About 10 years ago, the Taiwanese government, on the advice of Taiwan Telematics Industry Association, launched a major campaign to equip trucks, coaches, public busses and taxis with “common standard telematics.” Such a unit consists of connectivity to the cellular networks, GPS, cameras and Driver Vehicle Recorder (DVR) designed to deal with surprises on the road.
Taxi in Hsinchu, equipped with Taiwan's common standard telematics unit (Photo: EE Times)
Aided by the government subsides, Taiwan has thrust itself into the forefront of the “Connected Car” movement. The unit cost of such a telematics equipment is $1,300, and the government pays half of it ($650), if bus operators satisfy criteria set by the authority, explained Chou. Today, roughly 90 percent of buses operating in Taiwan feature such a connected telematics unit. Difficult journey ahead
The Linley Group’s Demler observed the entree into automotive for Taiwanese semiconductor manufacturers would be in In-vehicle infotainment. “That’s a natural extension of the media processors companies like MediaTek produce.” There are also Taiwanese semiconductor companies producing camera sensors, MCUs, and other components to address the auto electronics market.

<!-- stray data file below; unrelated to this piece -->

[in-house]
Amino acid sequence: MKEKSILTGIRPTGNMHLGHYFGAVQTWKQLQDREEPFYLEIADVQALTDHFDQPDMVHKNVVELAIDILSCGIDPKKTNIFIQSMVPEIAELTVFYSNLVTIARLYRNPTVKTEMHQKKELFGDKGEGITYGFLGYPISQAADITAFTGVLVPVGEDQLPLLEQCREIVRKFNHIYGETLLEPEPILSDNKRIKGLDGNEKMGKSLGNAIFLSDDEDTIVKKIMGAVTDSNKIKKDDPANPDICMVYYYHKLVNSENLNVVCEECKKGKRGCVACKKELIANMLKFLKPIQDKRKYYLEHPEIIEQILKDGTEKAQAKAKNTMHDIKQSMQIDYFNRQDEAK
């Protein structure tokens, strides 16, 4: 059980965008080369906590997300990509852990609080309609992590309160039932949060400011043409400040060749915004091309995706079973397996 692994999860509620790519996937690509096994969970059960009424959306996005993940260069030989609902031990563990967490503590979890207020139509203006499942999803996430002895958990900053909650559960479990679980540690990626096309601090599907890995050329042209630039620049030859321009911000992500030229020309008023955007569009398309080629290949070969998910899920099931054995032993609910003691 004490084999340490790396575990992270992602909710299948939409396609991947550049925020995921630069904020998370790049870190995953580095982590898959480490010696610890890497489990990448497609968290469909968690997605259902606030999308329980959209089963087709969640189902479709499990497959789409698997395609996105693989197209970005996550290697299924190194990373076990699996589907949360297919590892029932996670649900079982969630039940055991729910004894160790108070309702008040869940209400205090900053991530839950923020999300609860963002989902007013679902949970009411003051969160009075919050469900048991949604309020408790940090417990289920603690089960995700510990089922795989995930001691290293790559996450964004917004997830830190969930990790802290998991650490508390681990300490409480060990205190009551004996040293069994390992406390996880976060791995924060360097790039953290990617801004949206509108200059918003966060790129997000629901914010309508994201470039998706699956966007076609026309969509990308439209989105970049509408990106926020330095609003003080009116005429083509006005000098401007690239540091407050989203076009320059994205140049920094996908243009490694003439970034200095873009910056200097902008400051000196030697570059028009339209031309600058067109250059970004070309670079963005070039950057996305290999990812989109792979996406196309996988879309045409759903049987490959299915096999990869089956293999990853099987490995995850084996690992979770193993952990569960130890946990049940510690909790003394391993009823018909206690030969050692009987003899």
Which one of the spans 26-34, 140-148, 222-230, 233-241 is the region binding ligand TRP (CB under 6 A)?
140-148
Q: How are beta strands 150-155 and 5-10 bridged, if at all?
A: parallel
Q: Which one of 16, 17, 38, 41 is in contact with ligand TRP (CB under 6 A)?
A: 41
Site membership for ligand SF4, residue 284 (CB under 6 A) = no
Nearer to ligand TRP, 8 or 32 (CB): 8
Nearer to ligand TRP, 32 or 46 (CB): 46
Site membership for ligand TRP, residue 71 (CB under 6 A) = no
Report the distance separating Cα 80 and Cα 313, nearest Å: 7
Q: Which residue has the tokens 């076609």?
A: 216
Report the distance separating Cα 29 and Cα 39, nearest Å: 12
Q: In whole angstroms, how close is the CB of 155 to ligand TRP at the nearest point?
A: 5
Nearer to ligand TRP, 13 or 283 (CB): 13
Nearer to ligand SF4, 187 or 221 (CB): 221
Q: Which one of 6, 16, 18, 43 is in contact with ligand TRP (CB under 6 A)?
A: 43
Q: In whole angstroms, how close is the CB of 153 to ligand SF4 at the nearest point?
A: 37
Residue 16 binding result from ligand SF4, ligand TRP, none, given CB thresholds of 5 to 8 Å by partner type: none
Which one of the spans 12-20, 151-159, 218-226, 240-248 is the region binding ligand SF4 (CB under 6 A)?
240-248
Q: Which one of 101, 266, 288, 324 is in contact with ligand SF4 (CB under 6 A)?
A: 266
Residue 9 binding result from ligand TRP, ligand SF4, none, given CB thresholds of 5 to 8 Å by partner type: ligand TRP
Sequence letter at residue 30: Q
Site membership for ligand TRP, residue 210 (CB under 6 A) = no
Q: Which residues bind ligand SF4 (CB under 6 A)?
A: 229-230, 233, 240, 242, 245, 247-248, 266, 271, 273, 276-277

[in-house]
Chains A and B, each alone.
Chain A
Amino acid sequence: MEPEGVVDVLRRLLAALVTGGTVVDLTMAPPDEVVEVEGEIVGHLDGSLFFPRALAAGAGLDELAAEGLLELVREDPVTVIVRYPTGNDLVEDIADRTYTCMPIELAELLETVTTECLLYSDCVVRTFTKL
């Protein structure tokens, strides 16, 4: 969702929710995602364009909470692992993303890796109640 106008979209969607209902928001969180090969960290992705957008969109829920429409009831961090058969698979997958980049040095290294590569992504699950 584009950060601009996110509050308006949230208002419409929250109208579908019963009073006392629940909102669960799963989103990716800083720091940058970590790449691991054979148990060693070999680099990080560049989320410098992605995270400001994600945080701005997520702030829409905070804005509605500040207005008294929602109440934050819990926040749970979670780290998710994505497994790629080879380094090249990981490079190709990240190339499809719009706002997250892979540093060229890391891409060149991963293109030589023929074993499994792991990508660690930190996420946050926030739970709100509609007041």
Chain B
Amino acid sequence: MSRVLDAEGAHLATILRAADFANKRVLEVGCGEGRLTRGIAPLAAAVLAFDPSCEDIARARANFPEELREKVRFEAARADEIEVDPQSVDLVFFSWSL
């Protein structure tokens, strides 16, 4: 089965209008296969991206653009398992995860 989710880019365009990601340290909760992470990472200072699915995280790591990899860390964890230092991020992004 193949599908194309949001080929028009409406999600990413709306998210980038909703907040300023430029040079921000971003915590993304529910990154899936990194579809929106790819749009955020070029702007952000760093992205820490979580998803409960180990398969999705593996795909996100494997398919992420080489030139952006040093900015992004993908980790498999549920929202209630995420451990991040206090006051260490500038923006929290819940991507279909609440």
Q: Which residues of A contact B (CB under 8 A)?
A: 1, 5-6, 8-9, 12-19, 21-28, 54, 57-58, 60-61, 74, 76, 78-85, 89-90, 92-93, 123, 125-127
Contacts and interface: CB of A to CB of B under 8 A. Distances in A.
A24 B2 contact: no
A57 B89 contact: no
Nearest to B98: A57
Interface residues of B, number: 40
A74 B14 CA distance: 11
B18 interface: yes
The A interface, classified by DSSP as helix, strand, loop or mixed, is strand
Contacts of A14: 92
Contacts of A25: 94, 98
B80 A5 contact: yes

Noting that most automotive semiconductor content consists of discrete components and low-resolution MCUs, Demler said, “There is not much of a technical barrier.”
“But if you’re talking about ADAS, moving up to anything above passive systems (such as blind-spot cameras) requires more sophisticated processor technology. We haven’t seen anything like that from Taiwanese processor manufacturers,” Demler added.
This is where companies like Synopsys might step in. “Employing licensable cores (as they have for smartphone processors), there’s nothing stopping a Taiwanese company from developing ADAS chips,” Demler said. “The biggest challenge is developing the software stack, but they could work with some of the ADAS software startups to build such a solution.”